McKeon & Zwicker Bill to Limit Use of Environmental Settlement Funds Gains Assembly Panel Approval

Bill Stems From Christie Administration's Decision To Settle With Exxon For $225 Million Despite Asking For $8.9 Billion In Damages

Legislation sponsored by Assemblymen John F. McKeon and Andrew Zwicker to ensure that money received as part of an environmental violation lawsuit is used to fix the damage created by the infraction gained approval from an Assembly panel on Monday.

The bill is in response to Gov. Christie's decision last year to settle with Exxon Mobil for a fraction of what the state asked for in damages for contamination and loss of use of more than 1,500 acres of wetlands, marshes, meadows and waters in northern New Jersey. The decision has been chastised and many critics have accused the governor of quietly settling to use the money to balance the budget.

"Current law allows the administration to use most of the Exxon settlement money to balance the budget. Residents have been terribly shortchanged by this settlement. Using these funds as a short-term budget fix adds insult to injury," said McKeon (D-Essex/Morris). "This bill amends the law so that the bulk of money received from environmental lawsuits is reserved for damage restoration."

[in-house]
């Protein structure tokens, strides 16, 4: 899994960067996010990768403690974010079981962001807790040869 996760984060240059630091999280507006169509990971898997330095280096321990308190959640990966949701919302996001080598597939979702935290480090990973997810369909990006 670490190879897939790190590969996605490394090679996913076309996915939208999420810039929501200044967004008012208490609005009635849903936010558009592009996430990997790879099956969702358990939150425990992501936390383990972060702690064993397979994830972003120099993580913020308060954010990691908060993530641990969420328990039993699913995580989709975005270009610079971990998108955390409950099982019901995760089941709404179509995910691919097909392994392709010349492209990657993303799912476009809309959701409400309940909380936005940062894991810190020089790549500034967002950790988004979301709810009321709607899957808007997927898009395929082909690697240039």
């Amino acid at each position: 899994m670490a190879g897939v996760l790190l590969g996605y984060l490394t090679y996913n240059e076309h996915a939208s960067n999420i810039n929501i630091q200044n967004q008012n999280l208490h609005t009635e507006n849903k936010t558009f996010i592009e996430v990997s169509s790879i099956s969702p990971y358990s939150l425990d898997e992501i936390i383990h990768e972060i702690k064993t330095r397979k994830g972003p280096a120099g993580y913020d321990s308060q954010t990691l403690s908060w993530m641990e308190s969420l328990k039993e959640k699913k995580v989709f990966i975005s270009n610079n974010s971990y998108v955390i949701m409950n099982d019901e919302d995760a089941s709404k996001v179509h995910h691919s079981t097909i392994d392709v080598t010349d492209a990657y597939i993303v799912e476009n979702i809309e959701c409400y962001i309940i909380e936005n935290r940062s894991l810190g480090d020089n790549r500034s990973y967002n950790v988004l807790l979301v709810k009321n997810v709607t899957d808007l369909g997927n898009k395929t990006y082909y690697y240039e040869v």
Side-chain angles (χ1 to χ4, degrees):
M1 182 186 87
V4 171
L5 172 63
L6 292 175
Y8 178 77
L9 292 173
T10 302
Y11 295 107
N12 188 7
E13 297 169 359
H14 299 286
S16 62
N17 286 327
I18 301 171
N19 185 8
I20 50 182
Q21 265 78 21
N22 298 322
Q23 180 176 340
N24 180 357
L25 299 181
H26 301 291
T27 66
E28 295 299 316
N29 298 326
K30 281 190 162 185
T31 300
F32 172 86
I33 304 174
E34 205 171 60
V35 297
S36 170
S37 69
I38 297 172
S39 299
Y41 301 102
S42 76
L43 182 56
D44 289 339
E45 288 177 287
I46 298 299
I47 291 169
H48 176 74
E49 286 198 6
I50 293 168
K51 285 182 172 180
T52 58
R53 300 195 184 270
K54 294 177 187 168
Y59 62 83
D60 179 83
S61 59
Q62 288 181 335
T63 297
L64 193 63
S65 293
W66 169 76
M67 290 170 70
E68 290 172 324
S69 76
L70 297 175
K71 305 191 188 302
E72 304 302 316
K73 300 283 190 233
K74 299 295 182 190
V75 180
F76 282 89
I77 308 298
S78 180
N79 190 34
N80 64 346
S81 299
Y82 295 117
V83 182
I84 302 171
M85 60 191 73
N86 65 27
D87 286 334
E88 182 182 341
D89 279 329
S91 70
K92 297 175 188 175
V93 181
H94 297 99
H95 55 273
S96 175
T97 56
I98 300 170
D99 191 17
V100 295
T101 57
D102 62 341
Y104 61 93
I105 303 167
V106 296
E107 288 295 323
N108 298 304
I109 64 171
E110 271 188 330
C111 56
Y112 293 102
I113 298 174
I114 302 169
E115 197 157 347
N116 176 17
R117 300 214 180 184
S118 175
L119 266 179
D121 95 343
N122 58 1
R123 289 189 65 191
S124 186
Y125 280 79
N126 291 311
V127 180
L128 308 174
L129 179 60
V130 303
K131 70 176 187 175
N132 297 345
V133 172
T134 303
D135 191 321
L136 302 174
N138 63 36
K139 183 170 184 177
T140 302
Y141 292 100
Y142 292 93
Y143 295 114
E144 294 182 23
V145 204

"Money from environmental penalties should go toward environmental cleanups," said Zwicker (D-Somerset/Mercer/Hunterdon/Middlesex). "This is a simple concept designed to protect residents." 

The bill (A-2844) would amend the state budget to provide that one-half of all amounts of environmental lawsuit recoveries received by the state, in excess of $50 million, is deposited into the Hazardous Discharge Site Cleanup Fund and are appropriated for the direct and indirect costs of remediation, restoration and clean up.

These appropriated funds also would be available to cover consulting, expert, and legal service expenses incurred in pursuing claims for damages and grants to local governments and nonprofit organizations to further implement restoration activities of the Office of Natural Resource Restoration in the Department of Environmental Protection. Without the enactment of this bill, all amounts of natural resource recoveries and associated damages recovered by the state in excess of $50 million during the fiscal year would be deposited in the State General Fund as general state revenue.

The bill was approved by the Assembly Appropriations Committee.

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